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Announcement: New Reading Interfaces Working Group » Research Reports

The New Reading Interfaces Working Group focuses on reading in the context of networked and multimedia communication environments. Some of our topics include text visualizations, alternative interfaces, immersive or VR environments for text. The following reports and papers reflect these research interests.

Noah Wardrip-Fruin’s News Reader (2003) (with David Durand, Brion Moss, and Elaine Froehlich)

Research Report by Brooke Belisle
(created 2/21/07; version 1.0)
[Status: Draft]

Related Categories: New Approaches to Reading Print Texts, New Reading Interfaces

Original Object for Study description

“It is difficult to get the news…”

In 2003, New Radio and Performing Arts commissioned two artworks by Noah Wardrip-Fruin for their website, Turbulence.org. [1] Wardrip-Fruin produced Regime Change and News Reader, both of which he titled “Textual Instruments.” News Reader offers an interface for reading current news stories, and for what Wardrip-Fruin calls “playing” these stories or “playing” the online news environment. [2]As the user interacts with the news stories by clicking highlighted text, the stories multiply and warp in unpredictable ways. (more…)


Research Report by Kimberly Knight
(created 2/19/07; version 1.0)

Related Categories: Text Visualization | Social Networking Systems | Online Knowledge Bases

Original Object for Study description

LibraryThing is an online knowledge base and social networking tool for bibliophiles. The website allows users to catalog their personal libraries. By entering in their own books, users can locate others with similar libraries, find suggestions for books they might like, or even get “unsuggestions” for the books that are least like their own. Users can organize their collections according to self-defined tags and also view how others have tagged the same books. (more…)

Intelligent Fridge Magnets

Modeled after the various types of refrigerator poetry magnets, the Viktoria Institute’s intelligent fridge magnets are aware of the other magnets surrounding them. The magnets can categorize the type of word (noun, verb, etc.) that is shown on each 16-character lcd display and will learn grammar rules by evaluating relationships between the magnets that are placed next to each other. Once they learn grammar rules, the magnets can substitute words from the same category to make new sentences.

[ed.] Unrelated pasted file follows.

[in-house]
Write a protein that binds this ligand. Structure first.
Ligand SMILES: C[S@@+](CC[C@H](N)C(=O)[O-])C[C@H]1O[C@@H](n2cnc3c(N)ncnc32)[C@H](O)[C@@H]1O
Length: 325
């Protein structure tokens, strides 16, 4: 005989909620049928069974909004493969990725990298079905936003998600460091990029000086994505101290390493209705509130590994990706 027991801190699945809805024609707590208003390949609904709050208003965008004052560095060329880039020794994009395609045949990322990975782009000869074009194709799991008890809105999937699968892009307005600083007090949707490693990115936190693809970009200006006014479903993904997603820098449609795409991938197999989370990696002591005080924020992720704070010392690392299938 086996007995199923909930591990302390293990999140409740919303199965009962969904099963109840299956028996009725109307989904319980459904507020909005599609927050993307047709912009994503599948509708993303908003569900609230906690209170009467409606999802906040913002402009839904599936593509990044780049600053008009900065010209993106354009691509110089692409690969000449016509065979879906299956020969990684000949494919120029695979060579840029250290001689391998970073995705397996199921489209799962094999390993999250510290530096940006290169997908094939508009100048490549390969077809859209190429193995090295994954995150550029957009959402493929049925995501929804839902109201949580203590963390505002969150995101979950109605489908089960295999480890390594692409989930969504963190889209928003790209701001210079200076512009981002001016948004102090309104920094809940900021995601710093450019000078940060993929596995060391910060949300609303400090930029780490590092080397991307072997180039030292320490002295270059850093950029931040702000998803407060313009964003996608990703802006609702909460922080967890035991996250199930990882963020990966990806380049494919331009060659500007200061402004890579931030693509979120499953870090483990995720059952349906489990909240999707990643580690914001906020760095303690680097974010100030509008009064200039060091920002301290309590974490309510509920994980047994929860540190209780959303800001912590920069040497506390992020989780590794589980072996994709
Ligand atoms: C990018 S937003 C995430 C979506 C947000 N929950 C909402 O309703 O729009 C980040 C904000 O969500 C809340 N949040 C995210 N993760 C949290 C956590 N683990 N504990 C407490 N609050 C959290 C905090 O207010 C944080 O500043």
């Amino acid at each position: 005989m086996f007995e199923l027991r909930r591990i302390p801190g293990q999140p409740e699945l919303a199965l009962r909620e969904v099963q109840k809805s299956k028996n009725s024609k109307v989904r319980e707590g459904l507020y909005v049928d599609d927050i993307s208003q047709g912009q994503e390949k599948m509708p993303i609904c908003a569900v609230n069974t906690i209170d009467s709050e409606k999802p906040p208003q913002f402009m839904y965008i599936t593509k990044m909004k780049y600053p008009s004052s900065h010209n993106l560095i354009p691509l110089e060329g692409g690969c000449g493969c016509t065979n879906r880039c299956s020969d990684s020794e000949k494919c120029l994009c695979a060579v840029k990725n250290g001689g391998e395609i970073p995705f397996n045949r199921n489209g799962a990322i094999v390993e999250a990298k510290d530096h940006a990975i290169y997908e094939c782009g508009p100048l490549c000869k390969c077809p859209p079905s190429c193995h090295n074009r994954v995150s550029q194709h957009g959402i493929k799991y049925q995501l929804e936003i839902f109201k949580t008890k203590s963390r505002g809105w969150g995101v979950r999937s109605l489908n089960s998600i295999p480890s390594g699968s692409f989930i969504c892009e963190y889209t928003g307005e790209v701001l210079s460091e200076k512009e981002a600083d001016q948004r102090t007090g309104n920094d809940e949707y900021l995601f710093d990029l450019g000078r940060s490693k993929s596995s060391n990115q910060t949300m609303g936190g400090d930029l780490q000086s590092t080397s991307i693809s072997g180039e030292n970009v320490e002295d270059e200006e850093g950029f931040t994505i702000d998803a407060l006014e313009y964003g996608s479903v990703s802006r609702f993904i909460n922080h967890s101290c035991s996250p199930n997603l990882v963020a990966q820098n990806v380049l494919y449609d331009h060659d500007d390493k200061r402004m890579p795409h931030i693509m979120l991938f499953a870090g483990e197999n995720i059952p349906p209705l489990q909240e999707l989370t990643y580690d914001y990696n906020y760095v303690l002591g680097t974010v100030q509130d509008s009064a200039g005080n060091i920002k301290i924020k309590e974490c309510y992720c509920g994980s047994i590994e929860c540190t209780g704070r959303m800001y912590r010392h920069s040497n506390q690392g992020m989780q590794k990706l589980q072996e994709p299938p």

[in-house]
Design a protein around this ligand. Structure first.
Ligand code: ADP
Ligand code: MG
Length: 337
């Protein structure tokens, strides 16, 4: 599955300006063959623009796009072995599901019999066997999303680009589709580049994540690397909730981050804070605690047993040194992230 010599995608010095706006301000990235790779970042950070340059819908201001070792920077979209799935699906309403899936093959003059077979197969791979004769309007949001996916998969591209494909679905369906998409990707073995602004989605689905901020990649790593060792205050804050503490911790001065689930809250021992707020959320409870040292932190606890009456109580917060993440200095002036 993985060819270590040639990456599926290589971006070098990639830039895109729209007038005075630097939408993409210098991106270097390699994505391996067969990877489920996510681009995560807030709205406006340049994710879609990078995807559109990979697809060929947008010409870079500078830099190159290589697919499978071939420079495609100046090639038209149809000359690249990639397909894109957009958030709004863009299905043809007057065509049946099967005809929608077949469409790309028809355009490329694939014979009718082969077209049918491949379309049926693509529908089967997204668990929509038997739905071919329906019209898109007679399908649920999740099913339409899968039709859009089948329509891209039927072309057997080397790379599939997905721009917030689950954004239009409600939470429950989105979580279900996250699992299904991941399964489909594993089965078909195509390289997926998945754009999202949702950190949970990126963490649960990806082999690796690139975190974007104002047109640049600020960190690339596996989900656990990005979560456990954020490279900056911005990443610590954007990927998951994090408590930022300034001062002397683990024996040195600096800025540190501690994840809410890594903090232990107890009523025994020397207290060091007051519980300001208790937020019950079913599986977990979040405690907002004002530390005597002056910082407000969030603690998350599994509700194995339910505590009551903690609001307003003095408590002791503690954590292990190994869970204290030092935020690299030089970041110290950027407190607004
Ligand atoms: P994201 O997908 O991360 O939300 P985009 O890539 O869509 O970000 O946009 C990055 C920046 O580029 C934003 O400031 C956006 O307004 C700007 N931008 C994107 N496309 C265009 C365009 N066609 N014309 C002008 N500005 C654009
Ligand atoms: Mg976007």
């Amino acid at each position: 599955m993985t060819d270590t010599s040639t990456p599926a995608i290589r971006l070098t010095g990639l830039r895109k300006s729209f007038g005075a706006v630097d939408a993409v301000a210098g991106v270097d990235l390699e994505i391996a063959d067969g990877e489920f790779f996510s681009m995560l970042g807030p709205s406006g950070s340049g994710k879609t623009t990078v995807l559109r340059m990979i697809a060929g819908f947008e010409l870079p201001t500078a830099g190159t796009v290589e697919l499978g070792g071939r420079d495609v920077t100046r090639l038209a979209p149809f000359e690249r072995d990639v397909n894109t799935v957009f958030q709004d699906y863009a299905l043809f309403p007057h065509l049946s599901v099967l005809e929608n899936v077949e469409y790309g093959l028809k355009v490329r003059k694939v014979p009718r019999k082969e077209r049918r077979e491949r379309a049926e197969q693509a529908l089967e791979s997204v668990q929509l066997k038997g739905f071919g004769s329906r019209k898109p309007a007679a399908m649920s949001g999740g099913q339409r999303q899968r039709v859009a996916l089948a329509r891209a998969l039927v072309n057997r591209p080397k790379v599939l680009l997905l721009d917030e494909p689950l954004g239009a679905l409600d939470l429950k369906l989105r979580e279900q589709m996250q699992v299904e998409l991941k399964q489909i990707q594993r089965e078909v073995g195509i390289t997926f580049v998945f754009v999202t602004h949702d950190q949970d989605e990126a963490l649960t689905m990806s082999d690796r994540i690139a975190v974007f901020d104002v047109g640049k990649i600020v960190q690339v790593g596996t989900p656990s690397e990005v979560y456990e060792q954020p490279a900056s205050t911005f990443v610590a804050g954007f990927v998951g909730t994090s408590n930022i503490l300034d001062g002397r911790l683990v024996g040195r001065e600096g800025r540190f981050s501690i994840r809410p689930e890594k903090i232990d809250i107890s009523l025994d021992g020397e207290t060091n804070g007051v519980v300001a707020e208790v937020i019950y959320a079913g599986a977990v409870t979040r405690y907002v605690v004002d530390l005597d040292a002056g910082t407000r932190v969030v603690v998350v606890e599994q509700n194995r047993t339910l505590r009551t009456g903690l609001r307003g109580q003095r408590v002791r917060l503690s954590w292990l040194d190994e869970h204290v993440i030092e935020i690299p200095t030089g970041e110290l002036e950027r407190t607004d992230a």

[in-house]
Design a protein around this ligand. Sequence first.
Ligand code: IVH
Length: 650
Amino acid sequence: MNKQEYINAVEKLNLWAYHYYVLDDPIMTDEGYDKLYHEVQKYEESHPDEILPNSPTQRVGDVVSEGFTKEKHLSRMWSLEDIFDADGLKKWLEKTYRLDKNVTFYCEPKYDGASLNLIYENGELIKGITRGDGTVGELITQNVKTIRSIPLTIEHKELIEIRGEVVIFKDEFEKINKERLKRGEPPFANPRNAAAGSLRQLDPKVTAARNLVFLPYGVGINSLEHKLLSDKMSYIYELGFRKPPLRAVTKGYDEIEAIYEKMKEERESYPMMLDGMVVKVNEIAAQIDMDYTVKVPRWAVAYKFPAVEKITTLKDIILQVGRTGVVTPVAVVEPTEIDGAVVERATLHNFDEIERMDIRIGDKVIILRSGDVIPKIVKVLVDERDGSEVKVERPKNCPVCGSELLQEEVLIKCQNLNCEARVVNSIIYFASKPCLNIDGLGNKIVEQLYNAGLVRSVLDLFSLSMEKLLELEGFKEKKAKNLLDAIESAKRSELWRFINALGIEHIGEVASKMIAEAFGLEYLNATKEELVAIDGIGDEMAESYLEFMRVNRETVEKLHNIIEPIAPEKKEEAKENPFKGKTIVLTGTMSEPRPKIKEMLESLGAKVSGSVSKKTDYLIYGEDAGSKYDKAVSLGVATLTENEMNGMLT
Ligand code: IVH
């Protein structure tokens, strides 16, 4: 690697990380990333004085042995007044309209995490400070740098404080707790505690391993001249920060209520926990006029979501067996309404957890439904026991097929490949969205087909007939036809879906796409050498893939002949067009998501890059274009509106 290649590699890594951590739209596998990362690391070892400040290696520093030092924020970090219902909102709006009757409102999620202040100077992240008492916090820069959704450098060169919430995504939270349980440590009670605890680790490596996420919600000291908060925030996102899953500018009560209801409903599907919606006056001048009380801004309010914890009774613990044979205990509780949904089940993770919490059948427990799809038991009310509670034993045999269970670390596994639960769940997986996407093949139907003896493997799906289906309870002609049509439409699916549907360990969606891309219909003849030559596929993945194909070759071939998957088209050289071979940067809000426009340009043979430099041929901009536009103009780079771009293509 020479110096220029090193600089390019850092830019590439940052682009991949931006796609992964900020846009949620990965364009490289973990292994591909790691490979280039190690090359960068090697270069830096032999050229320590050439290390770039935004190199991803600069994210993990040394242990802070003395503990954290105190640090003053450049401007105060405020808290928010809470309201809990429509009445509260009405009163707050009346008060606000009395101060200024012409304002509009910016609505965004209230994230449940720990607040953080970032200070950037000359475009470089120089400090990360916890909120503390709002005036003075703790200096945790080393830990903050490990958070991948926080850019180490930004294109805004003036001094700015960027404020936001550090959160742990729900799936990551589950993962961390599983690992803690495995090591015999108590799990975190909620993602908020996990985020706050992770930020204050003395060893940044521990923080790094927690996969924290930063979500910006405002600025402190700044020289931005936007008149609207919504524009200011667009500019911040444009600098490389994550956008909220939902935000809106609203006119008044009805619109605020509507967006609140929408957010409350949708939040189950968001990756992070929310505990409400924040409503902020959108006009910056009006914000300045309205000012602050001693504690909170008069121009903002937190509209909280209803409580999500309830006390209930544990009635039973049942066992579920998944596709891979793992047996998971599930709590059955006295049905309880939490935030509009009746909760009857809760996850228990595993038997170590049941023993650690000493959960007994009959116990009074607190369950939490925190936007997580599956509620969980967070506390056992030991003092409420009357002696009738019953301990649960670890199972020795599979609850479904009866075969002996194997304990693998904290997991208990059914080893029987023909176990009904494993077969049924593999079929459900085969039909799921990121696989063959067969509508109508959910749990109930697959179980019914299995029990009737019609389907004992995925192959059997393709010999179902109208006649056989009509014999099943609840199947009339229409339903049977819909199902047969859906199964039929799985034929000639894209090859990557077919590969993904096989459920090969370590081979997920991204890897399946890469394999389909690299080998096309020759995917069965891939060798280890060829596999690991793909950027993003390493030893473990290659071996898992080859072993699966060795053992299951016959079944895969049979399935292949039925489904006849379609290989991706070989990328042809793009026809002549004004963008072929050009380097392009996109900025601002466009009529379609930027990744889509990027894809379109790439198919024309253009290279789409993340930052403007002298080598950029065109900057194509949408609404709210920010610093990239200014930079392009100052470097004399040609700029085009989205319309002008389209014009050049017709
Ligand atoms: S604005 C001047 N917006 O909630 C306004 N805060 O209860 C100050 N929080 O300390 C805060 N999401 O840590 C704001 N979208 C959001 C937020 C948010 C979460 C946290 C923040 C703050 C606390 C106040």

Starter Links: Viktoria Institute website | Article on the Australian Broadcasting Company website

Tag Crowd

A tool that allows users to create tag clouds of any text.

“When we look at a tag cloud, we see not only a richly informative, beautiful image that communicates much in a single glance. We see a whole new approach to text.

Potential uses for tag clouds extend far outside the online realm: as topic summaries for written works, as name tags for conferences, as resumes in a single glance, as analyses for survey data, as visual poetry; the list goes on. ” (TagCrowd website).

Starter Links: TagCrowd | Post on SmartMobs.com

agoraXchange-Make the Game Change the World

“agoraXchange is an online community for designing a massive multi-player global politics game challenging the violence and inequality of our present political system. Phase I was launched as a commission for the Tate Online on 15 March 2004 and now contains a database of ideas for the rules, game environment, and site look-and-feel.”


Following is a quote from the game manifesto:

“Our present political institutions are not natural or inevitable, but an experiment gone awry, a utopia for the paranoid. We seek collaborators for bringing an end to the system of nation-states, the demise of rules rendering us passive objects tied to identities and locations given at birth. We call on all communities of and for the imagination, for creative thinkers and visionaries, including citizens, activists, artists, scholars, political leaders, and the stateless, to eliminate those laws requiring us to live and be seen largely as vessels for ancestral identities. We seek to develop in agoraXchange and elsewhere laws that will privilege creativity, empathy, and freedom.”

Self Organizing Maps

“The SOM is an algorithm used to visualize and interpret large high-dimensional data sets. Typical applications are visualization of process states or financial results by representing the central dependencies within the data on the map.

The map consists of a regular grid of processing units, “neurons”. A model of some multidimensional observation, eventually a vector consisting of features, is associated with each unit. The map attempts to represent all the available observations with optimal accuracy using a restricted set of models. At the same time the models become ordered on the grid so that similar models are close to each other and dissimilar models far from each other.”

The map that can be seen through the following link is a great application of the SOM idea made by Andre Skupin:

In Terms of Geography

“Description of Content:
Visualization of the geographic knowledge domain based on more than 22,000 conference abstracts submitted to the Annual Meeting of the Association of American Geographers (1993-2002). Landscape features express the degree of topical focus, with elevated areas corresponding to more well-defined, topical regions and low-lying areas corresponding to a mingling of various topics. Dominant terms are used as labels for topical regions.